If you needed any more proof that the ongoing conflict in Iraq and Syria is becoming increasingly bizarre and morally ambiguous each day, the New York Times has it. A piece released earlier this week tells the story of American ex-soldiers who, unable to fully adjust to civilian life in the States, have returned to Iraq to fight ISIS alongside the Kurdish armed forces and various militias, some of which are considered terrorist groups themselves by the State Department.
For Patrick Maxwell, a 29 year-old real estate salesman in Austin, TX and an Iraq War veteran, the decision to return to the war torn country hinged on feelings of revenge and a lack of closure. “We patrolled every day, got shot at, mortared, hit by I.E.D.s, one of my friends was killed,” Maxwell told the NYT. “But I never saw the enemy, never fired a shot.”
Figuring ISIS, in its efforts to maintain and expand the caliphate it pronounced last summer, might present an easier target than the insurgents it sprang from, Maxwell contacted a member of the Kurdish pesh merga on Facebook, offering his help in their fight against the extremist group.
“Within days,” the NYT writes, “He was on the front lines as a volunteer fighter with Kurdish security forces, known as the pesh merga, in northern Iraq, peering through a rifle scope at Islamic State fighters as bullets whizzed past.”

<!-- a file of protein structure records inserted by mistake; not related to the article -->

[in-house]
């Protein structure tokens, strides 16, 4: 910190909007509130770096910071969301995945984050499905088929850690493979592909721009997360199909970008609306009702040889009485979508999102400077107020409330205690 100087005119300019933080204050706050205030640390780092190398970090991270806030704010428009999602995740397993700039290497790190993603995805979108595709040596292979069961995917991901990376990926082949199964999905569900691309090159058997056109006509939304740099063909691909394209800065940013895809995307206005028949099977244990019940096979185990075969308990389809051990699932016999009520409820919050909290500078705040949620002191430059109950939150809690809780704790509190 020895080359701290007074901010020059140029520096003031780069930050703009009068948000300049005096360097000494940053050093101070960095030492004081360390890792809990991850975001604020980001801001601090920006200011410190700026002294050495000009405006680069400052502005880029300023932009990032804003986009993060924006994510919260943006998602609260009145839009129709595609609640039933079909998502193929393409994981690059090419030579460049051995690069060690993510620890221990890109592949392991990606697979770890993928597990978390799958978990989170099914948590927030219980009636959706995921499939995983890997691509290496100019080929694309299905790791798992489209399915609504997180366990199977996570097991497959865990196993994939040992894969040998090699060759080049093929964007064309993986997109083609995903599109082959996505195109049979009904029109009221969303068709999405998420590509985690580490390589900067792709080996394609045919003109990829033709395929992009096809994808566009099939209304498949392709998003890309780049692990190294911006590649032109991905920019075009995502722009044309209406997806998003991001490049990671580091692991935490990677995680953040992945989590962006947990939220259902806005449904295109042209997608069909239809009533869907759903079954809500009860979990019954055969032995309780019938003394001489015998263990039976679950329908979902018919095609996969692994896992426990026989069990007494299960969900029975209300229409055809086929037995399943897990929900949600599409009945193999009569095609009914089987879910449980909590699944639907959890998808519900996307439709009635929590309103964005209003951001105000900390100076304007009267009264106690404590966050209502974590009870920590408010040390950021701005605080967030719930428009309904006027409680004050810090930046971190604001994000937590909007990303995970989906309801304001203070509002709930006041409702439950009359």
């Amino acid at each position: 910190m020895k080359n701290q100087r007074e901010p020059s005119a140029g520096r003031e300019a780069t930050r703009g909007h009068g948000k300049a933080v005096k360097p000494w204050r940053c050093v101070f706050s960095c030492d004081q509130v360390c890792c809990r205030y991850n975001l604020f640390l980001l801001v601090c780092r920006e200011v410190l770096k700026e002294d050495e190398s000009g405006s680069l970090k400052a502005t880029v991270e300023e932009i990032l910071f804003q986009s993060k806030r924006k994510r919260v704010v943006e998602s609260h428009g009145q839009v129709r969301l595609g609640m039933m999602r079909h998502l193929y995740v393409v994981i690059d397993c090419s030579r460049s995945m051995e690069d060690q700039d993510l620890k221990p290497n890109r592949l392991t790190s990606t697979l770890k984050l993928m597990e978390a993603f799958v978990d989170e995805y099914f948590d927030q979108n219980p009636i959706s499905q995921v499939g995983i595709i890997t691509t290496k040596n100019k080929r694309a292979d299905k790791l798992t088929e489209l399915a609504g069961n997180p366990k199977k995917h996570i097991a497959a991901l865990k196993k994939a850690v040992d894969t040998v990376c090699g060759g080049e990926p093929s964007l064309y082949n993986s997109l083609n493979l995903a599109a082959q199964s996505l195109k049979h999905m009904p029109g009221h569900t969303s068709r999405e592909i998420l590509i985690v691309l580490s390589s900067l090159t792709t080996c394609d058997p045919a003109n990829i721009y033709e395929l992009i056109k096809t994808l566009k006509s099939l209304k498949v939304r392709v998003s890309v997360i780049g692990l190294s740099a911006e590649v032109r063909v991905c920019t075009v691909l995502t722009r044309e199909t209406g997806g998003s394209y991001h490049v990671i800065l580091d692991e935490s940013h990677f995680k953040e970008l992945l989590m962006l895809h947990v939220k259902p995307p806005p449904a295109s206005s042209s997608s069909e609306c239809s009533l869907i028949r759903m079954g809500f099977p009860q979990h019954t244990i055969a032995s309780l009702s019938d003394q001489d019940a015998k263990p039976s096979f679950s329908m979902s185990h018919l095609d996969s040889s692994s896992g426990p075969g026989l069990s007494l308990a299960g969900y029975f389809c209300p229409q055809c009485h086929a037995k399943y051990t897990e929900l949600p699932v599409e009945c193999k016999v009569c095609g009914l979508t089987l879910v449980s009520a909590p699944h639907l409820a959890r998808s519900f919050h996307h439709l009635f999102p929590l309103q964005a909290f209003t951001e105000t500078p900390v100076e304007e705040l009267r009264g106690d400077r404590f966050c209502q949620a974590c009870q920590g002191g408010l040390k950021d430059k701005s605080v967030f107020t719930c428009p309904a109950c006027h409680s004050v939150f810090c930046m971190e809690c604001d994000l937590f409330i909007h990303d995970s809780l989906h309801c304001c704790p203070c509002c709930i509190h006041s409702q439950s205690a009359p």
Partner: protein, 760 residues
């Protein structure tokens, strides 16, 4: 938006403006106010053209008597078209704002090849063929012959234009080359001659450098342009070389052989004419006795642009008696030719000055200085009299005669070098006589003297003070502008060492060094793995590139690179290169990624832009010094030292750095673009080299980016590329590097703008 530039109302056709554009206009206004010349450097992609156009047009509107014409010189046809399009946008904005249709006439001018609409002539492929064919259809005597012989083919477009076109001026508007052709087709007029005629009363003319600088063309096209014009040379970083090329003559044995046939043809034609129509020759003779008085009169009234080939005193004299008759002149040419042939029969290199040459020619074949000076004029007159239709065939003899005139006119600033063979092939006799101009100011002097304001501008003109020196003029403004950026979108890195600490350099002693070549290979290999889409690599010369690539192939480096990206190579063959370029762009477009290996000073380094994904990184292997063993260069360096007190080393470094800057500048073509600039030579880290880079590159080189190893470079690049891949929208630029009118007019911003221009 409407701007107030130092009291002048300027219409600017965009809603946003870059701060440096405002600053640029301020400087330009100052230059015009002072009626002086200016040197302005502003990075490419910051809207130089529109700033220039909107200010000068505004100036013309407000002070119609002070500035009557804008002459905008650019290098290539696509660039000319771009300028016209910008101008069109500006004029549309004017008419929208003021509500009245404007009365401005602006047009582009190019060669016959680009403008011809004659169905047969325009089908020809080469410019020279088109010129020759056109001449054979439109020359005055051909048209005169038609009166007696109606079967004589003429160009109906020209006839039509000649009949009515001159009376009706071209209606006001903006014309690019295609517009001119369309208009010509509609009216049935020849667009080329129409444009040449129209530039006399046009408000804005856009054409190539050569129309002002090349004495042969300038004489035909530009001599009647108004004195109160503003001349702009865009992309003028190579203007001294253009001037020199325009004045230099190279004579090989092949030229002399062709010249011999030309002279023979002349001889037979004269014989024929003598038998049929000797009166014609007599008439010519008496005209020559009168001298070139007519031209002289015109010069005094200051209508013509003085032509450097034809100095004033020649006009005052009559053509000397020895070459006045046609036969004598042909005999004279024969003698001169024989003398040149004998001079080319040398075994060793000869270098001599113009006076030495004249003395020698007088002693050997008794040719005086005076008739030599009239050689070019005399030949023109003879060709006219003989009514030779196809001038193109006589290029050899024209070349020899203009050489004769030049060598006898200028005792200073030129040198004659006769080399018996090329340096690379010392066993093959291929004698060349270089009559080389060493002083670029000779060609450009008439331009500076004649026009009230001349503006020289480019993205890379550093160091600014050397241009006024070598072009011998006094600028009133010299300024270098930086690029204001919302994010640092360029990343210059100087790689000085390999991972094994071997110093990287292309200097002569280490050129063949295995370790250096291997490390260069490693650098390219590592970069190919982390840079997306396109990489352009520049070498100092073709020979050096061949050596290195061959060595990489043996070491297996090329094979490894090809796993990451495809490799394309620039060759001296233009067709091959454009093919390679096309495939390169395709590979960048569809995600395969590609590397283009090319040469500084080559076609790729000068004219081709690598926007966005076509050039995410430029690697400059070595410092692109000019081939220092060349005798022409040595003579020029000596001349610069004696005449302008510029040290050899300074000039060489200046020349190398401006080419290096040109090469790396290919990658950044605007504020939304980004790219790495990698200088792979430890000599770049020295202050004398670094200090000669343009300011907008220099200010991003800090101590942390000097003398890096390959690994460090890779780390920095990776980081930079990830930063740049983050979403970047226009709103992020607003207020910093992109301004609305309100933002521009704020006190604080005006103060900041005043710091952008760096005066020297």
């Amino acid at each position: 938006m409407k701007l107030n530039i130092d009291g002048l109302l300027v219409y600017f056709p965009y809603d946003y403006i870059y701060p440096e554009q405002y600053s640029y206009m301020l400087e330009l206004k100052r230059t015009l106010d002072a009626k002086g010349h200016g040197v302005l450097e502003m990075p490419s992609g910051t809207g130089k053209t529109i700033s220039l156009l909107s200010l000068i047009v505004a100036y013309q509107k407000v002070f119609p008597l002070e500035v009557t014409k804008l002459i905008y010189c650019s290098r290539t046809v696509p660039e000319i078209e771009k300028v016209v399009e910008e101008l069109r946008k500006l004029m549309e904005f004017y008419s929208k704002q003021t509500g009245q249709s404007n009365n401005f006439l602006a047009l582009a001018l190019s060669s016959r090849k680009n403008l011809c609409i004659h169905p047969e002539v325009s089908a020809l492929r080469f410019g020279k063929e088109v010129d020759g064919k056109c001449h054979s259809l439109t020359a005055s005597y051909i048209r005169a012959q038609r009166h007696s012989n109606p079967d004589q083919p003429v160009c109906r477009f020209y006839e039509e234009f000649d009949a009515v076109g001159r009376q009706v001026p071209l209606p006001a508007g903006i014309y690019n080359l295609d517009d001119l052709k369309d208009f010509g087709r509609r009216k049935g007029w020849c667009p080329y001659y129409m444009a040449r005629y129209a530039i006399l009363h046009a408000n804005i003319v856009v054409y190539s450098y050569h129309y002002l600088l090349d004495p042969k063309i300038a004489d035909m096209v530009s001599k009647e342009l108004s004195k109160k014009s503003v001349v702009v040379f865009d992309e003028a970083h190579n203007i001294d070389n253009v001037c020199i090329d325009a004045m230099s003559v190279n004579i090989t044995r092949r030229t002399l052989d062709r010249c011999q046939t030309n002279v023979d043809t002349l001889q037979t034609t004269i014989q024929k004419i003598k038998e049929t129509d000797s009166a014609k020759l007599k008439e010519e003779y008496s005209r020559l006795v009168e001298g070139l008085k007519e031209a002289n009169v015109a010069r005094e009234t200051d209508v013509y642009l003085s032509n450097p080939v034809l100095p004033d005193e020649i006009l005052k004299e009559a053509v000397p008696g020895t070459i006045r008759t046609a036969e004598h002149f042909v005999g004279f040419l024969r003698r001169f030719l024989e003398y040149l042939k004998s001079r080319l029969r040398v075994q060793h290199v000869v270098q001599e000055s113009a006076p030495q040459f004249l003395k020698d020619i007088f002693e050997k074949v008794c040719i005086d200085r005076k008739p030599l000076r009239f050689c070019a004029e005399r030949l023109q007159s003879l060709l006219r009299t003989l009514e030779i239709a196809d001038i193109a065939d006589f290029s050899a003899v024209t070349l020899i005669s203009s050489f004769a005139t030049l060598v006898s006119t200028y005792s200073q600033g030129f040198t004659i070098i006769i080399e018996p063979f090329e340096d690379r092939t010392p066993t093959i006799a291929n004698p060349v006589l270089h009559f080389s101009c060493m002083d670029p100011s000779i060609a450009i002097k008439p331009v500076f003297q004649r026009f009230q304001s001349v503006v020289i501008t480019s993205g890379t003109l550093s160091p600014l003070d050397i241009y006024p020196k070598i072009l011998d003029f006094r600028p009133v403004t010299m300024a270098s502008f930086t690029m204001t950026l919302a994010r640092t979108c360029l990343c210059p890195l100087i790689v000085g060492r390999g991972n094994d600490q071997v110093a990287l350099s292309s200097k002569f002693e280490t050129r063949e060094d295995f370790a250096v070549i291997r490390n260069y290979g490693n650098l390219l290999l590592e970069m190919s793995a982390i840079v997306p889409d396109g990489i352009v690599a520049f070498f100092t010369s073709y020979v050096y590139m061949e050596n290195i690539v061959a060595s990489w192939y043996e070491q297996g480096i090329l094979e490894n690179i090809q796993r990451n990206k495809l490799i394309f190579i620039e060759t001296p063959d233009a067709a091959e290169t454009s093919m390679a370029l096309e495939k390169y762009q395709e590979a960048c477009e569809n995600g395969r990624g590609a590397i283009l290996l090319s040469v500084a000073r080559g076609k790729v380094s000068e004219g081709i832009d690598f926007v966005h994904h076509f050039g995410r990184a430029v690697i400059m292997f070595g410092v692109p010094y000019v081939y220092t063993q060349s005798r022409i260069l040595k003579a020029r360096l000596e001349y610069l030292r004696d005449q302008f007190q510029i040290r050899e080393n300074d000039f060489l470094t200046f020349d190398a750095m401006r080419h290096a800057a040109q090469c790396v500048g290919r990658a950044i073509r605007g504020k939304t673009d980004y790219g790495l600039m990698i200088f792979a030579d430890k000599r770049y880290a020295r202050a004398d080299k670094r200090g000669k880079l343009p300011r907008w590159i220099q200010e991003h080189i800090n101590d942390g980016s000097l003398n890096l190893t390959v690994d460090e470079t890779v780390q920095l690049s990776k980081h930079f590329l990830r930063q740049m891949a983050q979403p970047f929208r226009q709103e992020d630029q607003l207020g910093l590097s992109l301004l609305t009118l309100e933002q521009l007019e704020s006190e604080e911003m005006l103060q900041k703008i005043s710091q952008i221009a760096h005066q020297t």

He’s since returned to the U.S., after his brief stint in Iraq didn’t quite live up to his expectations. He apparently rarely got the chance to face ISIS in direct combat, and spent most of his time guarding pesh merga generals. He left in mid-January when active-duty American Special Operations forces spotted him and told pesh merga commanders that employing American civilians in their ranks is definitely not kosher.
But he wasn’t the only one. During his time in Iraq, Maxwell says he encountered a variety of rag tag Americans eager to fight ISIS for their own reasons:
In the seven weeks he was in Iraq, he became disenchanted as he watched a procession of American outcasts come to volunteer, including a man kicked out of the Marines who had arrest warrants in the United States and a biker with lip piercings, implanted fangs and “necromancer” written across his black leather jacket.
“Guys who had nothing to live for and just wanted to lay down bodies,” Mr. Maxwell said.
On top of that, American filmmaker Matthew VanDyke is in the midst of putting together a documentary on a group of American veterans who have spent this winter training a Christian militia to defend themselves against ISIS. When it’s released, maybe that will help to clear things up. Then again, maybe not.